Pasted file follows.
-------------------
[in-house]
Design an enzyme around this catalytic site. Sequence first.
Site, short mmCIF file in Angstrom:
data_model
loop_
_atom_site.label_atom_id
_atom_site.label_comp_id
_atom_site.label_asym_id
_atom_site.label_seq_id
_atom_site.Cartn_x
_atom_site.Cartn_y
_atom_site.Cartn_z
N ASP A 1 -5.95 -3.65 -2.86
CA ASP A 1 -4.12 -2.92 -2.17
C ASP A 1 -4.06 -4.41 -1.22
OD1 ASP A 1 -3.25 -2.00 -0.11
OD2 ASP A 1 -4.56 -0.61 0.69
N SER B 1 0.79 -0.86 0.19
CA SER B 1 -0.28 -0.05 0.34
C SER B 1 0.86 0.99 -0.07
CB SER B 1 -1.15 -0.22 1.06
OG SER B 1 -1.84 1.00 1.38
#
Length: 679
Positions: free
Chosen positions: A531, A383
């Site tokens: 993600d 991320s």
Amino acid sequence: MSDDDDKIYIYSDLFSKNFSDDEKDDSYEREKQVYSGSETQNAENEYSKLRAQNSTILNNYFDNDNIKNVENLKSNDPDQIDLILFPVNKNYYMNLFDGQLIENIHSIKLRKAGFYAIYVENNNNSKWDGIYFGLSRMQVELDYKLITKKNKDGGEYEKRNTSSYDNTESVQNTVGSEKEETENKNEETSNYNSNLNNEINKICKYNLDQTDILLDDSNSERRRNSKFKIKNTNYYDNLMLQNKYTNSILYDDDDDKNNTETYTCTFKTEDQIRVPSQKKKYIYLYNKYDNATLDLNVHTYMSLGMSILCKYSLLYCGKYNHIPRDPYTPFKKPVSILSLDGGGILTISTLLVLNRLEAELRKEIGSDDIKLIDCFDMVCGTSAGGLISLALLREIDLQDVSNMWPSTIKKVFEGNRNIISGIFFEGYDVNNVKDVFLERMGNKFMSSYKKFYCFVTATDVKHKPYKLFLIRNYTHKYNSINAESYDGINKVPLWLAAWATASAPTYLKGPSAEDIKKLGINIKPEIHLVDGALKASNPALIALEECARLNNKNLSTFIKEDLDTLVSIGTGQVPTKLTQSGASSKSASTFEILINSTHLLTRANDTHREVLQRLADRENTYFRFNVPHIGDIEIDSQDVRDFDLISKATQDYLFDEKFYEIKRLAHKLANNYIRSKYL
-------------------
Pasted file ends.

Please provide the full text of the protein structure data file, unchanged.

[in-house]
Design an enzyme around this catalytic site. Sequence first.
Site, short mmCIF file in Angstrom:
data_model
loop_
_atom_site.label_atom_id
_atom_site.label_comp_id
_atom_site.label_asym_id
_atom_site.label_seq_id
_atom_site.Cartn_x
_atom_site.Cartn_y
_atom_site.Cartn_z
N ASP A 1 -5.95 -3.65 -2.86
CA ASP A 1 -4.12 -2.92 -2.17
C ASP A 1 -4.06 -4.41 -1.22
OD1 ASP A 1 -3.25 -2.00 -0.11
OD2 ASP A 1 -4.56 -0.61 0.69
N SER B 1 0.79 -0.86 0.19
CA SER B 1 -0.28 -0.05 0.34
C SER B 1 0.86 0.99 -0.07
CB SER B 1 -1.15 -0.22 1.06
OG SER B 1 -1.84 1.00 1.38
#
Length: 679
Positions: free
Chosen positions: A531, A383
């Site tokens: 993600d 991320s």
Amino acid sequence: MSDDDDKIYIYSDLFSKNFSDDEKDDSYEREKQVYSGSETQNAENEYSKLRAQNSTILNNYFDNDNIKNVENLKSNDPDQIDLILFPVNKNYYMNLFDGQLIENIHSIKLRKAGFYAIYVENNNNSKWDGIYFGLSRMQVELDYKLITKKNKDGGEYEKRNTSSYDNTESVQNTVGSEKEETENKNEETSNYNSNLNNEINKICKYNLDQTDILLDDSNSERRRNSKFKIKNTNYYDNLMLQNKYTNSILYDDDDDKNNTETYTCTFKTEDQIRVPSQKKKYIYLYNKYDNATLDLNVHTYMSLGMSILCKYSLLYCGKYNHIPRDPYTPFKKPVSILSLDGGGILTISTLLVLNRLEAELRKEIGSDDIKLIDCFDMVCGTSAGGLISLALLREIDLQDVSNMWPSTIKKVFEGNRNIISGIFFEGYDVNNVKDVFLERMGNKFMSSYKKFYCFVTATDVKHKPYKLFLIRNYTHKYNSINAESYDGINKVPLWLAAWATASAPTYLKGPSAEDIKKLGINIKPEIHLVDGALKASNPALIALEECARLNNKNLSTFIKEDLDTLVSIGTGQVPTKLTQSGASSKSASTFEILINSTHLLTRANDTHREVLQRLADRENTYFRFNVPHIGDIEIDSQDVRDFDLISKATQDYLFDEKFYEIKRLAHKLANNYIRSKYL